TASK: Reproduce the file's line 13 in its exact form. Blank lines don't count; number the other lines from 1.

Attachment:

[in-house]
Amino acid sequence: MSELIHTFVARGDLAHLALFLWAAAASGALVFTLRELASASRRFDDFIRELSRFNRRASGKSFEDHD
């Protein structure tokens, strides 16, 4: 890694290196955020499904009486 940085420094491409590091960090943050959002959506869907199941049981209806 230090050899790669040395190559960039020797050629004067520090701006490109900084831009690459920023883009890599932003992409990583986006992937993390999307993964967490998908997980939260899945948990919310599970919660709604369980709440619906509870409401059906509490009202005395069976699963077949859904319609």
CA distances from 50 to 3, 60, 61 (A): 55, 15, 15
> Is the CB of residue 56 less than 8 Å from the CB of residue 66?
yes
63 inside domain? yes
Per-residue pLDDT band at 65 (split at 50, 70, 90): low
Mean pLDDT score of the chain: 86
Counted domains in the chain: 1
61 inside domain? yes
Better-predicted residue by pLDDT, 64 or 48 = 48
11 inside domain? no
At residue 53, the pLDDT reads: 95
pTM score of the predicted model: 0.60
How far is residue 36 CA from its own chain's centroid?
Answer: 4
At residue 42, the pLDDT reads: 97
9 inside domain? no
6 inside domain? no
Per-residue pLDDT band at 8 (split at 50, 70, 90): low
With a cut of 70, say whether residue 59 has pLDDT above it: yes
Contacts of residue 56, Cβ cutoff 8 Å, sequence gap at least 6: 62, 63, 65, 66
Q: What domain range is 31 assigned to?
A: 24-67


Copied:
11 inside domain? no